Calvin Coolidge Says, January 21, 1931

Date: January 21, 1931

Location: Northampton, MA

(Original document available here)

The situation between France and Italy again illustrates how extremely difficult it is for nations to get away from the age-old policy of trying to rely mostly on force for Security. Those nations were unable to agree on naval armaments at the London conference. They did arrange a truce in naval building which is reported now ending, with Italy proposing to build gun for gun with France.

About the only progress made is a tacit admission all around that such action is not a good solution of the problems involved. National pride is the main difficulty. Both countries declare their desire for peace, but to each security means more arms in their own hands or the promise of more arms to be furnished by other people.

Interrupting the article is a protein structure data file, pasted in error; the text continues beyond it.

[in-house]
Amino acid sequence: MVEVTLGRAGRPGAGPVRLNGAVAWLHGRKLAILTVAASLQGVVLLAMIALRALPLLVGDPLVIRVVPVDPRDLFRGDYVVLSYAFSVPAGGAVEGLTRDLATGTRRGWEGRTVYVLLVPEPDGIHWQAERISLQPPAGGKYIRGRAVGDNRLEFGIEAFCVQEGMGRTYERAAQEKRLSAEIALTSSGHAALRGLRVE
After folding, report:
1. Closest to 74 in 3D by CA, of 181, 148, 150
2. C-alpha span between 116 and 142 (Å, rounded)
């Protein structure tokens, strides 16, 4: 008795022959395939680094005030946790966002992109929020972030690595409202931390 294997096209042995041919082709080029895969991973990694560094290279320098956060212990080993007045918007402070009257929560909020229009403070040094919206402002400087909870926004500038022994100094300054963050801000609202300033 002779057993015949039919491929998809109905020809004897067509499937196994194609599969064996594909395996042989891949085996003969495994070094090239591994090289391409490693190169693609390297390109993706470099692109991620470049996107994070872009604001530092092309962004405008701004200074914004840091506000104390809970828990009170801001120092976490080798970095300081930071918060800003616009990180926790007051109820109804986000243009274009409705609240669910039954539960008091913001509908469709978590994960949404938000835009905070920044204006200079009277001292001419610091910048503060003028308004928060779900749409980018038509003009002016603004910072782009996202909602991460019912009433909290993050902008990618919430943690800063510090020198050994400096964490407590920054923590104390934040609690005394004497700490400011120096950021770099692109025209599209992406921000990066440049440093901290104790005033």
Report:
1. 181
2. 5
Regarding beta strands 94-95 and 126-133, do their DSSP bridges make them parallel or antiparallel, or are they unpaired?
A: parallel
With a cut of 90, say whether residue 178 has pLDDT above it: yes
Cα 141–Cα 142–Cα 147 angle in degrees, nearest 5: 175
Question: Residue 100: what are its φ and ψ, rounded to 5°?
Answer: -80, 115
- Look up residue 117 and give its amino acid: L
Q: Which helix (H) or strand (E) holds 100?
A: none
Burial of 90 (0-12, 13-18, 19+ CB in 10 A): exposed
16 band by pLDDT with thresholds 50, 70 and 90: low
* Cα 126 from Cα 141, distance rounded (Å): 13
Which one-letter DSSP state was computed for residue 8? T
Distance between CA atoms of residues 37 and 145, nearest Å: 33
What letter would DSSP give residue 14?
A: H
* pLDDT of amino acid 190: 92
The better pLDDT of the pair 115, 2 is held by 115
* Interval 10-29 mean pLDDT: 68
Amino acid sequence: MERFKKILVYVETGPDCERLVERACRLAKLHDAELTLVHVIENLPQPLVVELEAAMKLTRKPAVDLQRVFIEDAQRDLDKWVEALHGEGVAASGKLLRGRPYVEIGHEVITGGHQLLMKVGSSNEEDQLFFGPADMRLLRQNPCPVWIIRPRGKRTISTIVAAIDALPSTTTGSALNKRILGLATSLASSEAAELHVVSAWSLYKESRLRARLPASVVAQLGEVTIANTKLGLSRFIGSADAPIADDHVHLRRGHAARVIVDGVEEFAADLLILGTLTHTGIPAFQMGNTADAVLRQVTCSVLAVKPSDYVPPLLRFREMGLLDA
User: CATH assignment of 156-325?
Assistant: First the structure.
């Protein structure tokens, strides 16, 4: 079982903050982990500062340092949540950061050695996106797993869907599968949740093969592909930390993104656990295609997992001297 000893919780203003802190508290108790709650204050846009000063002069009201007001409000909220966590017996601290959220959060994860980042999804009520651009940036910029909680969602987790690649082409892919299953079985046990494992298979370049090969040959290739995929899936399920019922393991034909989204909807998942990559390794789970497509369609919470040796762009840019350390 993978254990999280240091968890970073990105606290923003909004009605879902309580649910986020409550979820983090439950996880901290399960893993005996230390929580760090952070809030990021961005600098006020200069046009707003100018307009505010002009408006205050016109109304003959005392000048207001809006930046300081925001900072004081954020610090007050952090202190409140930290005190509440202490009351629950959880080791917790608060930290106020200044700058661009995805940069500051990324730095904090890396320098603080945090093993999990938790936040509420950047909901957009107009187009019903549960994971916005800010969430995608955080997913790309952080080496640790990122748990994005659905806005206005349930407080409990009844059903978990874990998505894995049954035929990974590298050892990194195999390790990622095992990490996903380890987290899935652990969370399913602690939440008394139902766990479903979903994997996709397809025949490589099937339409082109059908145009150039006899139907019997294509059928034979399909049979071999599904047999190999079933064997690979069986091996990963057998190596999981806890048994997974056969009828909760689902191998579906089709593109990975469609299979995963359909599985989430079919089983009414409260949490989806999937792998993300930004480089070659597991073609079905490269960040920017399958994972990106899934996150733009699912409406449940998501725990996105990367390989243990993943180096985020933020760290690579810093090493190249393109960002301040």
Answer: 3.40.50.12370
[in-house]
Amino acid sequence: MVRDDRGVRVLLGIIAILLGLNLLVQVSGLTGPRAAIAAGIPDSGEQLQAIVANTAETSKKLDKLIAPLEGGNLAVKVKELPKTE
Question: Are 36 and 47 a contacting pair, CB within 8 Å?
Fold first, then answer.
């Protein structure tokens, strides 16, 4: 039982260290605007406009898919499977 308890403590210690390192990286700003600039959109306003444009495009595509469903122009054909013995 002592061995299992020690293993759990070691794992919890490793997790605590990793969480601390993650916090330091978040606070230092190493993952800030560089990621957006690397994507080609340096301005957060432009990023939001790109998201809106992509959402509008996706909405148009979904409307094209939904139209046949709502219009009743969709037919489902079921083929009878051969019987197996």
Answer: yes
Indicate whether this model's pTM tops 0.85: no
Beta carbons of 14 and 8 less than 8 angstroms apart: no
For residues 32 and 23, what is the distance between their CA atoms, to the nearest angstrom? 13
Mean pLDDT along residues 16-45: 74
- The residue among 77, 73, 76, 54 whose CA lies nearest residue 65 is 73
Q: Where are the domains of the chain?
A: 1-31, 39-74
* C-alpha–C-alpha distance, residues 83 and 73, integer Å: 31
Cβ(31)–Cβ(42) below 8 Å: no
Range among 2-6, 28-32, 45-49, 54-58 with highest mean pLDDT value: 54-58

The Washington and London treaties show these differences can be adjusted. Therein lies the hope. The pressure of high taxes will work on the side of reason. With the protection of the League Covenant, the Locarno agreement and the world peace treaty, the European nations are in a position to make concessions in armaments. They know the attitude of our public opinion on peace and our disinclination to finance war.

Citation: Calvin Coolidge Says: Dispatches Written by Former-President Coolidge and Syndicated to Newspapers in 1930-1931 (Calvin Coolidge Memorial Foundation)

The Coolidge Foundation gratefully acknowledges the volunteer efforts of David Diao who prepared this document for digital publication.

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